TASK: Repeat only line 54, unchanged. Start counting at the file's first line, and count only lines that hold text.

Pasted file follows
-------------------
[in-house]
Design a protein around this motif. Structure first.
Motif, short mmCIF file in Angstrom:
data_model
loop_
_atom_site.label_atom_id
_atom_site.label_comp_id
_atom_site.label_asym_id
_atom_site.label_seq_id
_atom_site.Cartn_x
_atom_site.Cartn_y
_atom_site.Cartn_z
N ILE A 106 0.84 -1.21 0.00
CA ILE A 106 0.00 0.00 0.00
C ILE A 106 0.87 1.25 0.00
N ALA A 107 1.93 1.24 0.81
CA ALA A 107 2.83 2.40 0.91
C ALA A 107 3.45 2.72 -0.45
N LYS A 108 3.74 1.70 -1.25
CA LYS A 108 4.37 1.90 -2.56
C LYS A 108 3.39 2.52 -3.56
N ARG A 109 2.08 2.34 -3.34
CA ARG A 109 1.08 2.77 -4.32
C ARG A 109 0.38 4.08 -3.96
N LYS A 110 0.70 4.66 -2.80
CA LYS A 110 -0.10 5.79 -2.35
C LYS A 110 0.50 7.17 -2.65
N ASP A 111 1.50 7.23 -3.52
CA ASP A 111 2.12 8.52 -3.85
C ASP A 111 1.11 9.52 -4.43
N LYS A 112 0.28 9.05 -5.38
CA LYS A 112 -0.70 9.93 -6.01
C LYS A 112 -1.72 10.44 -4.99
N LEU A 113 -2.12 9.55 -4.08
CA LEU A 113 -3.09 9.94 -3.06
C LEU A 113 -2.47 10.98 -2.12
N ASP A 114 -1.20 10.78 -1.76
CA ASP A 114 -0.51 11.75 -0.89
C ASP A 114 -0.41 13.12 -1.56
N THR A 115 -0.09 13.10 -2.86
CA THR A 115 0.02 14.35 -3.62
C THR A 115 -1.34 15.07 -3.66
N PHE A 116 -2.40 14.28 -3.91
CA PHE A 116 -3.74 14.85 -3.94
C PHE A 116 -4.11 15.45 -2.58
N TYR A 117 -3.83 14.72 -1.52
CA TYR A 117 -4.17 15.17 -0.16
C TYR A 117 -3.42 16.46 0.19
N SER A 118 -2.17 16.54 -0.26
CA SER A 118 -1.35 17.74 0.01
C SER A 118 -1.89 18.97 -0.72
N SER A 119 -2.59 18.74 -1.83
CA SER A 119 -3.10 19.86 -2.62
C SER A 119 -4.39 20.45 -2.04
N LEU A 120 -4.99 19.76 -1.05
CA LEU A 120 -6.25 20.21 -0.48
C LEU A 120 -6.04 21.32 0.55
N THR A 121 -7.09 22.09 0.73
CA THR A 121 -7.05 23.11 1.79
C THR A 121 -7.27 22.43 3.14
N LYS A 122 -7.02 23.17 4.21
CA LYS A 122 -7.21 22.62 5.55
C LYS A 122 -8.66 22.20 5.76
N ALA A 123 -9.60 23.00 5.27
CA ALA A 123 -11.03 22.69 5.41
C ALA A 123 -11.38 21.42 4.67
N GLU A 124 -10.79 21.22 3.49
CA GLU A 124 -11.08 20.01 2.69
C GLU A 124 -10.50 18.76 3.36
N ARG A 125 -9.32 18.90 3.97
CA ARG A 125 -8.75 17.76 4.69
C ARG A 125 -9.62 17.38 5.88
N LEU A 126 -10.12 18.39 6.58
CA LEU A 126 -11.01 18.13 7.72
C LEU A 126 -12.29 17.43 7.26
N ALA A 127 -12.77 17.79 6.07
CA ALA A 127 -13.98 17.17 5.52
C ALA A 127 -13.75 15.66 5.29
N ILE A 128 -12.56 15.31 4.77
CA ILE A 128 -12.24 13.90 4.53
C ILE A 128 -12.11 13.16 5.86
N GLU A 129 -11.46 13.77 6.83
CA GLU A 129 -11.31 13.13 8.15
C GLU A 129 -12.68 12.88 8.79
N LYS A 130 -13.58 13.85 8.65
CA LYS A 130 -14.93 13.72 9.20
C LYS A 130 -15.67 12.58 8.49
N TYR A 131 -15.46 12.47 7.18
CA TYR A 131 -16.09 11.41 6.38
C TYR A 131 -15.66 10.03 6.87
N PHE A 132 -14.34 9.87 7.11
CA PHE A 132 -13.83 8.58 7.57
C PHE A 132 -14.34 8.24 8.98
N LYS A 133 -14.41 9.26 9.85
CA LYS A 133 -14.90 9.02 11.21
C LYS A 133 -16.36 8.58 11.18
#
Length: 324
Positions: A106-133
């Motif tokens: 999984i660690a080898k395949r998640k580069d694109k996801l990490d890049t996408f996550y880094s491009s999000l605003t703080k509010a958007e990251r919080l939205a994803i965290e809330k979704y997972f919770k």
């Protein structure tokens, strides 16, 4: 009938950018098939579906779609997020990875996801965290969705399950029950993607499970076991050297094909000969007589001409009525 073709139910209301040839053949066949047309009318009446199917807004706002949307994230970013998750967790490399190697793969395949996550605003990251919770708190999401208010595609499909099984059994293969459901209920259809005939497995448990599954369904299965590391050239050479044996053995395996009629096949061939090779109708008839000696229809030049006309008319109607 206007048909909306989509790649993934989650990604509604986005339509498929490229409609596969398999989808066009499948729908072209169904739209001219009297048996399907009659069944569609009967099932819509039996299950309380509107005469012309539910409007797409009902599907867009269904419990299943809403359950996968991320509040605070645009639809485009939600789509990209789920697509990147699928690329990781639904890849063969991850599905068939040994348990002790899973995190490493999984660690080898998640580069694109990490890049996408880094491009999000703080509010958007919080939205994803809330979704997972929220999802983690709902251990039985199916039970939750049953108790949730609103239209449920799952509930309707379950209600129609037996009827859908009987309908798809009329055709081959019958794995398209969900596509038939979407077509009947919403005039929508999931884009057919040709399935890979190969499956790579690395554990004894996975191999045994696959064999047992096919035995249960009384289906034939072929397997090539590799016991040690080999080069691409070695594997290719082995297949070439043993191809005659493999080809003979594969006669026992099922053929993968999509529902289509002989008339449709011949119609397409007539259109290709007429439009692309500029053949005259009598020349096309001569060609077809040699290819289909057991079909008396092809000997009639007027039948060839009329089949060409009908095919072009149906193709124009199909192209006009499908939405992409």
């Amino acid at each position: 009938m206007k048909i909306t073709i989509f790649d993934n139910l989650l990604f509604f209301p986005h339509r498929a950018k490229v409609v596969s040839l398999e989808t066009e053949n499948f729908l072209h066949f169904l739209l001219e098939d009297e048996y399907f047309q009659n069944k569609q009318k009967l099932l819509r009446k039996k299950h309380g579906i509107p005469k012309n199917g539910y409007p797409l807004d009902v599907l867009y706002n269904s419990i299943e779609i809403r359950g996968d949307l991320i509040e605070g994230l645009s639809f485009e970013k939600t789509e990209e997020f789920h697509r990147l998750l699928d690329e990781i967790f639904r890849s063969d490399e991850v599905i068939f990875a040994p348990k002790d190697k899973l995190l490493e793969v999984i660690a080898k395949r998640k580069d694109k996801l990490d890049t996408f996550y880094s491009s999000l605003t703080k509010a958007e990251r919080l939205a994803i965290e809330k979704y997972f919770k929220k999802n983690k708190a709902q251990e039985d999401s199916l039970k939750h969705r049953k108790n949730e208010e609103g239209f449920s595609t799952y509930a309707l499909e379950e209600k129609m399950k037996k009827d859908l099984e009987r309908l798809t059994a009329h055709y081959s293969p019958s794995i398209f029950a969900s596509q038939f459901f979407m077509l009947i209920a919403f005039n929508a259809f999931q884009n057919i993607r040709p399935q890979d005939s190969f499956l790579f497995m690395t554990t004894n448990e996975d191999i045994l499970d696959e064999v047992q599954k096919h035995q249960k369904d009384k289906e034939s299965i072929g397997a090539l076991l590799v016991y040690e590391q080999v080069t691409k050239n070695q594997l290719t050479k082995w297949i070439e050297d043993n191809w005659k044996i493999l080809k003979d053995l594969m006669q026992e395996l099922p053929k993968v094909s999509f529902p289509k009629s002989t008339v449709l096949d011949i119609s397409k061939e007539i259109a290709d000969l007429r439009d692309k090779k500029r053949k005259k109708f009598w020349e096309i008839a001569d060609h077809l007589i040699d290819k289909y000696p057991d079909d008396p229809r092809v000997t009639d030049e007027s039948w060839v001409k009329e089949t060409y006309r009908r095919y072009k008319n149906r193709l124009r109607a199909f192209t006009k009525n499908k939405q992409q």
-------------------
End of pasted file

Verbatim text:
C SER A 119 -4.39 20.45 -2.04